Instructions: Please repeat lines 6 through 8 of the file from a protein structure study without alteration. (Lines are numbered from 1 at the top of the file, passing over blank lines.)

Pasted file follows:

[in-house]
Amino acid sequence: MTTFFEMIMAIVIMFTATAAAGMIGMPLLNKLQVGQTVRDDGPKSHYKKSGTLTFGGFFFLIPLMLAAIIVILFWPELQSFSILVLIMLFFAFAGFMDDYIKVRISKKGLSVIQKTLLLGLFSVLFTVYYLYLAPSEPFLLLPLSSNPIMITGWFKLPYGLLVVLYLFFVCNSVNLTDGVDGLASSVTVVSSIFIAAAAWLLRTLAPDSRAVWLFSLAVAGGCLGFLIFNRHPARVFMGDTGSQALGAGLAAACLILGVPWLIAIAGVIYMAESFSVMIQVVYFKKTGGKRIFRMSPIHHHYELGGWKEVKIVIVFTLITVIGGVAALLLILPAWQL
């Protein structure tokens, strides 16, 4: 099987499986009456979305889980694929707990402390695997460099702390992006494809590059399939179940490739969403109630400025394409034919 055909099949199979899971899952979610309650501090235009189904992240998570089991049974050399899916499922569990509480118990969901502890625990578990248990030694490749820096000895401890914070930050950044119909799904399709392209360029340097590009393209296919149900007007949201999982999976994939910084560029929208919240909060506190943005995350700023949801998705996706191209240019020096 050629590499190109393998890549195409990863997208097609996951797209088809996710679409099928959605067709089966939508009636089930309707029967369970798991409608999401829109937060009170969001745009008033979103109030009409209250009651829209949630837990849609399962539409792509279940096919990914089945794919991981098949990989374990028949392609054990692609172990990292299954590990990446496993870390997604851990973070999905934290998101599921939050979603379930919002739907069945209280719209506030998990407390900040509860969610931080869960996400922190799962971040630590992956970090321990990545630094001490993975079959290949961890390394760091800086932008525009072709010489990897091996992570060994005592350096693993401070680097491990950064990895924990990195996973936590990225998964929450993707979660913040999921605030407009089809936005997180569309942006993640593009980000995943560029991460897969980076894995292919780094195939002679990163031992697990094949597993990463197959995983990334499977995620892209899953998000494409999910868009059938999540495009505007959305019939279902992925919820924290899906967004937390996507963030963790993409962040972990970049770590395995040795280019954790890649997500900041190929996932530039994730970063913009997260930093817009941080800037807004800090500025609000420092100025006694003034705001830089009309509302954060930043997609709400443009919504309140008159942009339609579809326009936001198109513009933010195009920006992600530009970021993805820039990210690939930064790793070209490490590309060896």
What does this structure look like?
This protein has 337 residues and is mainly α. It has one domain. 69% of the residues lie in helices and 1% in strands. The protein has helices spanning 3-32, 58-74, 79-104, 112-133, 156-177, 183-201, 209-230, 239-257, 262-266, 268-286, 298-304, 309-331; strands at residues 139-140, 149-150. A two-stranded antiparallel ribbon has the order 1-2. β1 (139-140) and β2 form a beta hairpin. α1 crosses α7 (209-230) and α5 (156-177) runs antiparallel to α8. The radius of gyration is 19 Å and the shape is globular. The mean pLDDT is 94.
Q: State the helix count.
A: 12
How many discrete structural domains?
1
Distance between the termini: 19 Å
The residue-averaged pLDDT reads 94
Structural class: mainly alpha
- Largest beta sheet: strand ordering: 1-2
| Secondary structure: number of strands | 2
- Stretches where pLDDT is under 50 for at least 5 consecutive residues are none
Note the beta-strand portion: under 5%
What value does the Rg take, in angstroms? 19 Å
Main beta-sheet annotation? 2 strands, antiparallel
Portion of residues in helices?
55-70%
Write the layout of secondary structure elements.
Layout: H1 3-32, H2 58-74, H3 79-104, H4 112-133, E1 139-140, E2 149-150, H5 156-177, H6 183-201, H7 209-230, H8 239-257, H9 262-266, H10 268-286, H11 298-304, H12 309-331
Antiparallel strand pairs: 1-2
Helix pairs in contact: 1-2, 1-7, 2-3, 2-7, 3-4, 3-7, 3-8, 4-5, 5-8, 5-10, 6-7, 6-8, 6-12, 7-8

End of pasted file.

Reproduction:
Q: State the helix count.
A: 12
How many discrete structural domains?